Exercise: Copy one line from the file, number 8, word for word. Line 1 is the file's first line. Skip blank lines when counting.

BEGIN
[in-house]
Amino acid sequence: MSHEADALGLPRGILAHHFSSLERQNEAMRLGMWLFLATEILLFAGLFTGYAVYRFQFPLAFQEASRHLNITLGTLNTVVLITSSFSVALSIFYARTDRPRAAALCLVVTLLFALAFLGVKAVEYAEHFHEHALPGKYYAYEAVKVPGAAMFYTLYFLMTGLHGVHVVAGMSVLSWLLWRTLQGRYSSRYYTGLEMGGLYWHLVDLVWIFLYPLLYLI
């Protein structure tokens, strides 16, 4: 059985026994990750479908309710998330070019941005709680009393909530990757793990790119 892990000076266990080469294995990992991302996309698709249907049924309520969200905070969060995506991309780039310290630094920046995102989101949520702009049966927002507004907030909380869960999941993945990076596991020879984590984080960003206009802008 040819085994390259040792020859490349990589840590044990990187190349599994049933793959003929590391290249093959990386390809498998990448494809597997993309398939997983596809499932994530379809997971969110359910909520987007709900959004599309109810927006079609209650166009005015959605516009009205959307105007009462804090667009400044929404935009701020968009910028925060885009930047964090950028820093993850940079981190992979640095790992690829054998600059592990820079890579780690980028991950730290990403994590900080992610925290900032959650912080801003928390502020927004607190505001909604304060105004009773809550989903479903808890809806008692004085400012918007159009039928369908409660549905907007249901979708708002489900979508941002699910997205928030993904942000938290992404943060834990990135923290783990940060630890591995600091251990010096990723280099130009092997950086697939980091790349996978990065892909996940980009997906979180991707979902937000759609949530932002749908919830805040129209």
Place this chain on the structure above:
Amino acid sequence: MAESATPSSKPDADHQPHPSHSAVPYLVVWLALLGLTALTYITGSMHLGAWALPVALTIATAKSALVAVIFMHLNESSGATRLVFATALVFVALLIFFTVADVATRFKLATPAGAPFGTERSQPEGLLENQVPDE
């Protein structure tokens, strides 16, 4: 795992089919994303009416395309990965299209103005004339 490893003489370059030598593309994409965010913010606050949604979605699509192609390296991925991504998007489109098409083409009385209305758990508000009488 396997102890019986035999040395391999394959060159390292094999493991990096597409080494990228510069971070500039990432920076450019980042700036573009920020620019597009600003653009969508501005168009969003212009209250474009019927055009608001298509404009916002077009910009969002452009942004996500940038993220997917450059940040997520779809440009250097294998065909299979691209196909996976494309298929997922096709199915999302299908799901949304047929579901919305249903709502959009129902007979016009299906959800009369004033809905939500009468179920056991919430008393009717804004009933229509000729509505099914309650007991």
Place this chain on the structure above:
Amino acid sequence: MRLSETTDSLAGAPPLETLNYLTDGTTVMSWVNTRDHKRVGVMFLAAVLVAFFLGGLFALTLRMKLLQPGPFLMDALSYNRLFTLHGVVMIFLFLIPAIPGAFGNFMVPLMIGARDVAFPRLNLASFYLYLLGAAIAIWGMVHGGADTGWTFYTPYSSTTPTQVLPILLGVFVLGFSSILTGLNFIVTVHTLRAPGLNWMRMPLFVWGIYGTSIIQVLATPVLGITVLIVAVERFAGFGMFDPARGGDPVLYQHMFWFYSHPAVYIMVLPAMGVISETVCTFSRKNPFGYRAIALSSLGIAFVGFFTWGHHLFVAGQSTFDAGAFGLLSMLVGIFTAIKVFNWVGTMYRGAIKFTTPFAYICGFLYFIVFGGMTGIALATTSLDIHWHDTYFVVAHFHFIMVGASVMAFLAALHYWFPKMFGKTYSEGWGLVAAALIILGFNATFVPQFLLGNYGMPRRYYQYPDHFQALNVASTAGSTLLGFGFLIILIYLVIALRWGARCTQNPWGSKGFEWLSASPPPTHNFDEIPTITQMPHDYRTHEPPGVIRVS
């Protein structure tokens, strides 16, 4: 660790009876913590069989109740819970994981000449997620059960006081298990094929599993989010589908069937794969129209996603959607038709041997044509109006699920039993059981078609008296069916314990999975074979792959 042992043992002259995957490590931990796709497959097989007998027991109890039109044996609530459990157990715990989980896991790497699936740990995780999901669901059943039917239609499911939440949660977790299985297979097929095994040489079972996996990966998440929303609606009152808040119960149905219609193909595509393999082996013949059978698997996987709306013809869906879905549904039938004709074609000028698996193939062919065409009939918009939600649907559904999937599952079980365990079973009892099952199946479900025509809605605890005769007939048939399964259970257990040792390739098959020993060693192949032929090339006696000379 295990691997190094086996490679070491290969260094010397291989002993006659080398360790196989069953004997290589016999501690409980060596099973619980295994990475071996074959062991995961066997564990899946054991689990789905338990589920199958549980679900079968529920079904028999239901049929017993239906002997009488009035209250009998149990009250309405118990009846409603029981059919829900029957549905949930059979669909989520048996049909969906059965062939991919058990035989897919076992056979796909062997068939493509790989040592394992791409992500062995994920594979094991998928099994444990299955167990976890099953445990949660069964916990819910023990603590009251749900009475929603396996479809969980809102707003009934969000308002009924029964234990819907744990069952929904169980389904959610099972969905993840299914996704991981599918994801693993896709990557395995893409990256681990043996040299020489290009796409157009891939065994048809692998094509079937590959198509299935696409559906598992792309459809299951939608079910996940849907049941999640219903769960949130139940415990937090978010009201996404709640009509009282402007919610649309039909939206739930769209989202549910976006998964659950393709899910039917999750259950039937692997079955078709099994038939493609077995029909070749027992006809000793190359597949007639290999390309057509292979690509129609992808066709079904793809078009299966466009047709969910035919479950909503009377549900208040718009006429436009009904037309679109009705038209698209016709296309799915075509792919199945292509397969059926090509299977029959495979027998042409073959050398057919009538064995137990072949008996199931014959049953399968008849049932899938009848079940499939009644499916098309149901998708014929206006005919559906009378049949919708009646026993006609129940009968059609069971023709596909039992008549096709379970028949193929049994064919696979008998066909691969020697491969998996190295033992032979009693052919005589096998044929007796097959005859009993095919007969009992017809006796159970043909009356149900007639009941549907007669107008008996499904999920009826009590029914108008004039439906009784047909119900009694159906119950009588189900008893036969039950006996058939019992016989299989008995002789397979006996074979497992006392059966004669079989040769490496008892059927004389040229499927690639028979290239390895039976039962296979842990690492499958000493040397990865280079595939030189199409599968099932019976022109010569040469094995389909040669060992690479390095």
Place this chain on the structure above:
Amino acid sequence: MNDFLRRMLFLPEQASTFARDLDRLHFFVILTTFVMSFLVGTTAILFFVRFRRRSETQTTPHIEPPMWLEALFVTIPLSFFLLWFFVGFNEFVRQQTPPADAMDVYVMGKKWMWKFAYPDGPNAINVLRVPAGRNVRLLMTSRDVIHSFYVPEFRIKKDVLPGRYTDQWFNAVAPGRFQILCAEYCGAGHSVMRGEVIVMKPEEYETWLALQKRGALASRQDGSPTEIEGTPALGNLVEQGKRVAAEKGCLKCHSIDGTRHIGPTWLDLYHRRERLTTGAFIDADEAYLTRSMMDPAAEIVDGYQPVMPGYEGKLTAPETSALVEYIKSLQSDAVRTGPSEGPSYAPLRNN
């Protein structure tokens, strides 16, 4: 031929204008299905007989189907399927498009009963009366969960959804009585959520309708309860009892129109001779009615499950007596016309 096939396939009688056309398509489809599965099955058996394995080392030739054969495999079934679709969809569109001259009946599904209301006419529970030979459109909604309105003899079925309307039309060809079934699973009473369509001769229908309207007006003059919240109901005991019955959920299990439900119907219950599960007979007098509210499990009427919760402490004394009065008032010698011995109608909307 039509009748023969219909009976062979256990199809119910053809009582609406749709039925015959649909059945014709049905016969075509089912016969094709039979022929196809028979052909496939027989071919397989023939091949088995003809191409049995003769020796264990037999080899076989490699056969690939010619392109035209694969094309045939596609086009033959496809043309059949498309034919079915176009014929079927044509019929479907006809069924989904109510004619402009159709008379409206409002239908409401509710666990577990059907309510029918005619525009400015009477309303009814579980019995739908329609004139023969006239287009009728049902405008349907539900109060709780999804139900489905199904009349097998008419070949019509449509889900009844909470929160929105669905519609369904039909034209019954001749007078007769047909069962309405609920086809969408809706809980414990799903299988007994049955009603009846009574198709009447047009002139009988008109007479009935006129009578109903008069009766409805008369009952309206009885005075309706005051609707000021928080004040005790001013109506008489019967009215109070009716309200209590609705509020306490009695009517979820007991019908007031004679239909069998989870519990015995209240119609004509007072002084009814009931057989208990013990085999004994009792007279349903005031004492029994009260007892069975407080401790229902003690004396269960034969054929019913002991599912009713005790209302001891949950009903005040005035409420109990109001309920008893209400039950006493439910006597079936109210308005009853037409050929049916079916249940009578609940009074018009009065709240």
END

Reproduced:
Amino acid sequence: MRLSETTDSLAGAPPLETLNYLTDGTTVMSWVNTRDHKRVGVMFLAAVLVAFFLGGLFALTLRMKLLQPGPFLMDALSYNRLFTLHGVVMIFLFLIPAIPGAFGNFMVPLMIGARDVAFPRLNLASFYLYLLGAAIAIWGMVHGGADTGWTFYTPYSSTTPTQVLPILLGVFVLGFSSILTGLNFIVTVHTLRAPGLNWMRMPLFVWGIYGTSIIQVLATPVLGITVLIVAVERFAGFGMFDPARGGDPVLYQHMFWFYSHPAVYIMVLPAMGVISETVCTFSRKNPFGYRAIALSSLGIAFVGFFTWGHHLFVAGQSTFDAGAFGLLSMLVGIFTAIKVFNWVGTMYRGAIKFTTPFAYICGFLYFIVFGGMTGIALATTSLDIHWHDTYFVVAHFHFIMVGASVMAFLAALHYWFPKMFGKTYSEGWGLVAAALIILGFNATFVPQFLLGNYGMPRRYYQYPDHFQALNVASTAGSTLLGFGFLIILIYLVIALRWGARCTQNPWGSKGFEWLSASPPPTHNFDEIPTITQMPHDYRTHEPPGVIRVS